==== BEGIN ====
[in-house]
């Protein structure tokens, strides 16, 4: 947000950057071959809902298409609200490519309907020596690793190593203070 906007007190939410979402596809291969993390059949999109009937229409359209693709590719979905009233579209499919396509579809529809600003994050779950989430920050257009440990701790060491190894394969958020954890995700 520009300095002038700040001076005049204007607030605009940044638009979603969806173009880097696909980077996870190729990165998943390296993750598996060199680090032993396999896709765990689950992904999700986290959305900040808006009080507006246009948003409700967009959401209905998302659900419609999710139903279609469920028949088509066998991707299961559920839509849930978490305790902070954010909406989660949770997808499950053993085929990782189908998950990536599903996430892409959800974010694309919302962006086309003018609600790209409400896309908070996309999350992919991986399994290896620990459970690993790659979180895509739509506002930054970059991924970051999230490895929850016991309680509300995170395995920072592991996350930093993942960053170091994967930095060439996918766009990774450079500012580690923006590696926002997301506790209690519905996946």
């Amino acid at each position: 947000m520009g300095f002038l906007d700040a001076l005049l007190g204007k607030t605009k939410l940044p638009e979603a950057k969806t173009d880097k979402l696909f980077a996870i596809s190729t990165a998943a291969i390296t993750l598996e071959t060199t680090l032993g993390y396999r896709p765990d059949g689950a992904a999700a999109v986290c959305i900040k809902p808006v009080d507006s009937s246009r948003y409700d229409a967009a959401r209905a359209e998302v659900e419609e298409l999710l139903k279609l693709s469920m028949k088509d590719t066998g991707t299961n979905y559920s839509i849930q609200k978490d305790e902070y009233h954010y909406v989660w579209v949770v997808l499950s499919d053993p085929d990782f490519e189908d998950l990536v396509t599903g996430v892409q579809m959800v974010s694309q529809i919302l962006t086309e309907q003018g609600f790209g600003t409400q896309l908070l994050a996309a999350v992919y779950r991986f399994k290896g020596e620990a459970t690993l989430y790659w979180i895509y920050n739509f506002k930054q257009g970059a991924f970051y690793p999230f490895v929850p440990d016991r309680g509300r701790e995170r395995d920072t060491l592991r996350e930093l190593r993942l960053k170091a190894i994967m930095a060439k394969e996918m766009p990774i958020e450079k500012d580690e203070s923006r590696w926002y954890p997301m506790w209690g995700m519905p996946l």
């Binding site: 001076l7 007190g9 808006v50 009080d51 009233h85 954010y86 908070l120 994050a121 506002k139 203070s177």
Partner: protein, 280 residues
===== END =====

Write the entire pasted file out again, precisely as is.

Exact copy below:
[in-house]
């Protein structure tokens, strides 16, 4: 947000950057071959809902298409609200490519309907020596690793190593203070 906007007190939410979402596809291969993390059949999109009937229409359209693709590719979905009233579209499919396509579809529809600003994050779950989430920050257009440990701790060491190894394969958020954890995700 520009300095002038700040001076005049204007607030605009940044638009979603969806173009880097696909980077996870190729990165998943390296993750598996060199680090032993396999896709765990689950992904999700986290959305900040808006009080507006246009948003409700967009959401209905998302659900419609999710139903279609469920028949088509066998991707299961559920839509849930978490305790902070954010909406989660949770997808499950053993085929990782189908998950990536599903996430892409959800974010694309919302962006086309003018609600790209409400896309908070996309999350992919991986399994290896620990459970690993790659979180895509739509506002930054970059991924970051999230490895929850016991309680509300995170395995920072592991996350930093993942960053170091994967930095060439996918766009990774450079500012580690923006590696926002997301506790209690519905996946």
């Amino acid at each position: 947000m520009g300095f002038l906007d700040a001076l005049l007190g204007k607030t605009k939410l940044p638009e979603a950057k969806t173009d880097k979402l696909f980077a996870i596809s190729t990165a998943a291969i390296t993750l598996e071959t060199t680090l032993g993390y396999r896709p765990d059949g689950a992904a999700a999109v986290c959305i900040k809902p808006v009080d507006s009937s246009r948003y409700d229409a967009a959401r209905a359209e998302v659900e419609e298409l999710l139903k279609l693709s469920m028949k088509d590719t066998g991707t299961n979905y559920s839509i849930q609200k978490d305790e902070y009233h954010y909406v989660w579209v949770v997808l499950s499919d053993p085929d990782f490519e189908d998950l990536v396509t599903g996430v892409q579809m959800v974010s694309q529809i919302l962006t086309e309907q003018g609600f790209g600003t409400q896309l908070l994050a996309a999350v992919y779950r991986f399994k290896g020596e620990a459970t690993l989430y790659w979180i895509y920050n739509f506002k930054q257009g970059a991924f970051y690793p999230f490895v929850p440990d016991r309680g509300r701790e995170r395995d920072t060491l592991r996350e930093l190593r993942l960053k170091a190894i994967m930095a060439k394969e996918m766009p990774i958020e450079k500012d580690e203070s923006r590696w926002y954890p997301m506790w209690g995700m519905p996946l």
């Binding site: 001076l7 007190g9 808006v50 009080d51 009233h85 954010y86 908070l120 994050a121 506002k139 203070s177």
Partner: protein, 280 residues